Test mobile upload

Test mobile upload by Ria Bacon
Test mobile upload, a photo by Ria Bacon on Flickr.

Roquebrun

Roquebrun by Ria Bacon
Roquebrun, a photo by Ria Bacon on Flickr.

Moving house, by bike

Moving house, by bike
Have bike will travel


Students are beginning to drift back into town, clogging the bookshops with their reading lists for Art History and Unemployability (Comb. Hons.)

Proving the Dutch can do anything with a bike, I spotted these intrepid housemovers while cycling back from the crèche. With a child perched on front and another seated behind, I snapped off this shot while straddling my own bicycle.

4 wheels bad,
2 wheels good!

Future proofing

I’m trying to get my head around joining up various online activities. It’s a challenge, which may be ultimately pointless, but the potentialities of crossover are too inviting.

Current linkups include Squeezebox to and from Flickr, LastFM and Facebook; Stet (this blog) to and from Flickr, LastFM and Twitter, with a pending bug query for Wordbook for Facebook integration.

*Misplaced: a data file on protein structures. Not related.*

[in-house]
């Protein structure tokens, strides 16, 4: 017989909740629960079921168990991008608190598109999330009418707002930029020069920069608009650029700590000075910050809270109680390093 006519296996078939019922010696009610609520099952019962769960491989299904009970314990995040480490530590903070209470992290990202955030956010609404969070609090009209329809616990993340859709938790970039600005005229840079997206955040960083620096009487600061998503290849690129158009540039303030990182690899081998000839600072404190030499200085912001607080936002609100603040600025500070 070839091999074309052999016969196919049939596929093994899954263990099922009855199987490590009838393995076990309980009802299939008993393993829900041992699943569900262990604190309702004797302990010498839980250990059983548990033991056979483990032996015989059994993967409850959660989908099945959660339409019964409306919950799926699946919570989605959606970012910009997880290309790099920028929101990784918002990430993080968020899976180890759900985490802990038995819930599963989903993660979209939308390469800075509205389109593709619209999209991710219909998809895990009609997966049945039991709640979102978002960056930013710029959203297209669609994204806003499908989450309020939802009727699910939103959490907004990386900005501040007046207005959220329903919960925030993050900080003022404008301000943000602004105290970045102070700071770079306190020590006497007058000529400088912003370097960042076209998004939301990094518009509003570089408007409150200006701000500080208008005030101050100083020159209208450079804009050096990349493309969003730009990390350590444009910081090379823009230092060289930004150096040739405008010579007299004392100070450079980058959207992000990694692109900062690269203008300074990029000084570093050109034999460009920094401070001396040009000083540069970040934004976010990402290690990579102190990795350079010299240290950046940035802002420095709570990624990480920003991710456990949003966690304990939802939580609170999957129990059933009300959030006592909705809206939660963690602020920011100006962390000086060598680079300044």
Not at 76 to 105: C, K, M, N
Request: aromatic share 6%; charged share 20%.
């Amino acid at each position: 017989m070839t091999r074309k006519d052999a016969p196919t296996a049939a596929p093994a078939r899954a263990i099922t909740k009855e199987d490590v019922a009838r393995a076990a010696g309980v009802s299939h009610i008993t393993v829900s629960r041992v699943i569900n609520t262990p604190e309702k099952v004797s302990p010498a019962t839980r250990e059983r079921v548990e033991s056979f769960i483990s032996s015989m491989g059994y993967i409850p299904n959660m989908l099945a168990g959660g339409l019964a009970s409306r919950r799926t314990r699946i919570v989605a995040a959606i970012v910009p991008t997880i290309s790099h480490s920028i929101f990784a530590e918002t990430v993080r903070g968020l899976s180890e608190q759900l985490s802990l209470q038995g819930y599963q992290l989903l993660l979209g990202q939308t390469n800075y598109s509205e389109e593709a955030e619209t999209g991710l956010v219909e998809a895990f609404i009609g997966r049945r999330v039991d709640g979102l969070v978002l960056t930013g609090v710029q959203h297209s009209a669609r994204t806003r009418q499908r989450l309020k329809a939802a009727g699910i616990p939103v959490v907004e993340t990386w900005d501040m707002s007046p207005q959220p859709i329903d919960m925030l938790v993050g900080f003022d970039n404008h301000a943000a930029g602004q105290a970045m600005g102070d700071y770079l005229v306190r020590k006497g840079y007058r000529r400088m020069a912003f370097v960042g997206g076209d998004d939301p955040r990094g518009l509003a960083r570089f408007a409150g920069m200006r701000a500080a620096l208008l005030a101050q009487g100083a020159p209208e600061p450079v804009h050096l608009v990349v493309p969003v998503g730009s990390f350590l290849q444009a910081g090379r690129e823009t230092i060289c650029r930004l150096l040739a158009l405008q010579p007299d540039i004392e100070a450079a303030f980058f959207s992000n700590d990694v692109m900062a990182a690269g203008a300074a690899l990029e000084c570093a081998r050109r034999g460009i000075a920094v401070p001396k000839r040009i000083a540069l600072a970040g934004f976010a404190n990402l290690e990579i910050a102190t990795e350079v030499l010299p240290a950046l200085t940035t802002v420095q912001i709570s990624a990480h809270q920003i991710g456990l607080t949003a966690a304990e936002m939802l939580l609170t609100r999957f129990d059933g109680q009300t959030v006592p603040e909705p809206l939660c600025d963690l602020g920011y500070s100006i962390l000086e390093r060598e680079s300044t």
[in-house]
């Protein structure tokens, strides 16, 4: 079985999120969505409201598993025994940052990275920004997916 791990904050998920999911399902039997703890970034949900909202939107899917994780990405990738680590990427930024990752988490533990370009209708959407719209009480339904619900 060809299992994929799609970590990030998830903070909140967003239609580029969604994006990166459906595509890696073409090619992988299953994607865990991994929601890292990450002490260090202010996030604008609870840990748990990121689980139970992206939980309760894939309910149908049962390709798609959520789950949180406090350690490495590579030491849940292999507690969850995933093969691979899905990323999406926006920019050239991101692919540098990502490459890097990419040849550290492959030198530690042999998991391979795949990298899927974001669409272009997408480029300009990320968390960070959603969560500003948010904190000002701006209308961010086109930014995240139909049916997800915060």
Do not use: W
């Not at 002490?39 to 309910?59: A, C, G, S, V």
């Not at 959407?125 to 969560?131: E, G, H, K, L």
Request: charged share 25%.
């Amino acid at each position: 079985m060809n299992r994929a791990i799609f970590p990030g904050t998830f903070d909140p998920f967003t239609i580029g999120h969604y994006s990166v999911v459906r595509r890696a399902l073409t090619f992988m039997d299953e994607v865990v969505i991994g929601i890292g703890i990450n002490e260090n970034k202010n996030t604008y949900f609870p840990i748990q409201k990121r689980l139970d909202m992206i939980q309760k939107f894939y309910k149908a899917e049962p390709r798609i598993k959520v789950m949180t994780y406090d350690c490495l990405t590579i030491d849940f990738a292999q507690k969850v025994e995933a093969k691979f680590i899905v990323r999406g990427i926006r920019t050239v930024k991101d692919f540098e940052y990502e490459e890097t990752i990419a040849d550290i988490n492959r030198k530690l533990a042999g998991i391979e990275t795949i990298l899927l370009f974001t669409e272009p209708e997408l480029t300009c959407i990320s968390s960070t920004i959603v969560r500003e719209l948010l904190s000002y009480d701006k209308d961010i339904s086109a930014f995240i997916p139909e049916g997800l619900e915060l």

I have a nagging feeling that this type of laborious cross-linking will seem hilarious in the future, say about three years from now.

My 10-year-old daughter has already checked out of life and in to a virtual world, Habbo, where she is currently working as an unpaid doctor.

Is this the future?

Bummerrrrrr!

I happened to pop over to Mininova to get something for the weekend. All my searches came back empty. Then I noticed the banner at the top of the page and clicked on the latest blog post.

It’s a familiar story, and one I’ve followed, all the way back to Napster in ’99. Ahh, happy days. The social interaction of the early Napster was half the fun, being able to browse each other’s collections and chatting about shared interests. Then came Limewire, WinMX, and Shareaza — that last one ended in a particularly bizarre situation, when the site was hijacked by an organization linked to the RIAA that proceeded to distribute infected files.

Now I’m curious to see how quickly a new sharing service rises, as it surely will.

Update 091201: Lifehacker provides a useful list of alternatives to Mininova.